Several local teachers were recognized by the Carnegie Science Center for their science and technology contributions to their schools in 2018.
The awards, given to Western Pennsylvania teachers since 1997, are focused on teachers who incorporate STEM — science, technology, engineering and math — into their lesson plans.
Mary Collins, a seventh-grade teacher at Peters Township, won the “Middle Level Educator” award. Rebecca Colangelo, a second-grade teacher at South Fayette, won the “Elementary Educator” award, and Jim Hausman, a high school English teacher at South Fayette, was an honorable mention for the “High School Educator” category.
Collins, who is only in her fourth year of teaching and her second year at Peters Township, was “blown away” from being awarded.
“To come so early in my career, I was immensely flattered,” she said. “It speaks to the staff at Peters. They’ve been so open to all these changes. They’ve worked really hard about how we can incorporate technology and make that space work. I’m definitely not the standalone recipient. I feel like I represent the whole staff.”
Collins teaches four sections of math and also runs the middle school’s STEM room, which is called the “Hub of Imagination.” The space was dedicated to STEM-related activities last year and allows teachers to incorporate technology, such as computers, virtual reality and robots, into their lessons.
“With the rise of maker spaces, especially in the Pittsburgh area, we wanted to designate that as more than just a computer room,” Collins said. “I think the kids that I have in seventh grade now...they need to have strong problem-solving skills using technology. The earlier we can expose kids to programming and robotics and all those different options, I think it opens their horizons in terms of knowing what types of careers are available and it makes them stronger candidates for those jobs.”
Colangelo, who has been teaching at South Fayette since 1997, recently brought the maker space to her own classroom, which she says is set up for maximum “collaboration.”
“Collaboration is a huge word in my room,” she said. “They’re able to work in groups. We won’t always work at desks, because we’re all over the room. We even have a little maker space where kids can create things if they’re done with their work or if they’re working on a project.”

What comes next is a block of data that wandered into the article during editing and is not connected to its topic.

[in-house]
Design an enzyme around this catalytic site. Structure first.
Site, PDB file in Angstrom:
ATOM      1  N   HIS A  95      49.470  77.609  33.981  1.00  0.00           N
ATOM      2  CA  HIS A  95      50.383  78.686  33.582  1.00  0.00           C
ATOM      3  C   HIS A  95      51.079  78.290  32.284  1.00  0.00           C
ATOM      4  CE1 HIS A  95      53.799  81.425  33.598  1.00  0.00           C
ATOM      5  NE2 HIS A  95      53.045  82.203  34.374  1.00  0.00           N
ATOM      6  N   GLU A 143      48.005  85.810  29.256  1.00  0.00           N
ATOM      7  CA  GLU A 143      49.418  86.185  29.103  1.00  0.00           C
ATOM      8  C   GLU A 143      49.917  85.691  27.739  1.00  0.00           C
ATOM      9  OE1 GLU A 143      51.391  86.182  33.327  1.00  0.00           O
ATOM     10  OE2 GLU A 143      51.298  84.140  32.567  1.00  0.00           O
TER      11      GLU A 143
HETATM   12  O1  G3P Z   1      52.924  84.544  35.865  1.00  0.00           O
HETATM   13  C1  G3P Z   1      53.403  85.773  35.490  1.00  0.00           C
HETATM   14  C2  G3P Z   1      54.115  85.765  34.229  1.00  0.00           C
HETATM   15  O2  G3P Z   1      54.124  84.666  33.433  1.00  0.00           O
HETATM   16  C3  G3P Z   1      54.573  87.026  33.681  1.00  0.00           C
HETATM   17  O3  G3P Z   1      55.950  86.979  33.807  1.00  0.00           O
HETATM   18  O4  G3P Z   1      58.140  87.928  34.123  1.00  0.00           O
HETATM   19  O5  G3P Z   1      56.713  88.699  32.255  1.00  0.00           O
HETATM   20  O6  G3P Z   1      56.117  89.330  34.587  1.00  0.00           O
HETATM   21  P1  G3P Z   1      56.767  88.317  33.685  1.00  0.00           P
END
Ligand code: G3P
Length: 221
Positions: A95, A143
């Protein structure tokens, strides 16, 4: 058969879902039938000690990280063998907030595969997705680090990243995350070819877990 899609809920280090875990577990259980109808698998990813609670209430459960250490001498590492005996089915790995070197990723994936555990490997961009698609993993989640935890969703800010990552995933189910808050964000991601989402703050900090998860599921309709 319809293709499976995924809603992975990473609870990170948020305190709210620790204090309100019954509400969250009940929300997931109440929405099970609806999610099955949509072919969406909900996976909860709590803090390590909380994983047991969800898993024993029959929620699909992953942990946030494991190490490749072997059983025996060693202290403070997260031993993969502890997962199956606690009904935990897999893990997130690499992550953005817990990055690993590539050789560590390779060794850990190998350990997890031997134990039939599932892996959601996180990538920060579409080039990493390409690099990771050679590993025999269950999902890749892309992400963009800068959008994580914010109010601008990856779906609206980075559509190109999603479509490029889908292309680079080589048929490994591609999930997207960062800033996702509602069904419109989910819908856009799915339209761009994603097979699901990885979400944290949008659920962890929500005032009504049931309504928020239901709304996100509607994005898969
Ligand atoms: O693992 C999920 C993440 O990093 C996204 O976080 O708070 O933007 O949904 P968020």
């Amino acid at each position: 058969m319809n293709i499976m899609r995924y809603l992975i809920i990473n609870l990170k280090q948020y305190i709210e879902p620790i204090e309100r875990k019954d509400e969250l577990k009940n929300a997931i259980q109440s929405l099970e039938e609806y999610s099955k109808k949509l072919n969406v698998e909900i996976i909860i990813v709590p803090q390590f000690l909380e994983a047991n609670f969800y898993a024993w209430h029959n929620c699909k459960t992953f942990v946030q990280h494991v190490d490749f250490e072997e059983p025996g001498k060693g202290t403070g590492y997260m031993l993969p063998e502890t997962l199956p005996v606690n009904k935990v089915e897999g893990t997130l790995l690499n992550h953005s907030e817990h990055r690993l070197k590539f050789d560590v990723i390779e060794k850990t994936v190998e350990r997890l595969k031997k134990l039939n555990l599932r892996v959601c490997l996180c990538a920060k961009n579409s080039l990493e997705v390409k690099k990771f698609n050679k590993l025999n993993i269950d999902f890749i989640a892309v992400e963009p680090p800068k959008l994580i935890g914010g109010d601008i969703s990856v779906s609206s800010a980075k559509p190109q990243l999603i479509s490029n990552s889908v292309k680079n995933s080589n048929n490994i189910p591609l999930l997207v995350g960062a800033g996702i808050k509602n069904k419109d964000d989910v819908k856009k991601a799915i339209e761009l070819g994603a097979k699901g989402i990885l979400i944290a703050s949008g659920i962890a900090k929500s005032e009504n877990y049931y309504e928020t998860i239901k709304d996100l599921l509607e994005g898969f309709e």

Her classroom, while it still has desks and a whiteboard, also has Lego tape, comfortable seating and a green screen.
“I think it’s definitely developed over the years,” she said. “I really do think the most important thing a teacher can do for young students is teaching 21st century skills through collaboration. It really sparks their interest.”
Of all the teachers recognized, the most unique is Jim Hausman, who has taught English at South Fayette for the last 14 years. Hausman said he uses his background in science to improve his language arts students and lead the school’s STEM club, which is often winning awards.
“Even though my background is in the sciences, you don’t really think of an English teacher winning a science award,” he said. “I think it shows how all knowledge is connected. A lot of what we do in language arts in terms of interpreting literature is very similar to the same methods that you engage while working through a STEM project.”
Hausman’s passion as an educator is combining his work as an English teacher with his love for STEM.
“Having the chance to work on these STEM projects and work with kids on these scientific kind of things, engages that part of me that really loves science, discovery and exploration,” he said. “But at the same time, I get to teach these really bright kids how to tell those stories of their designs and their products and why they matter.”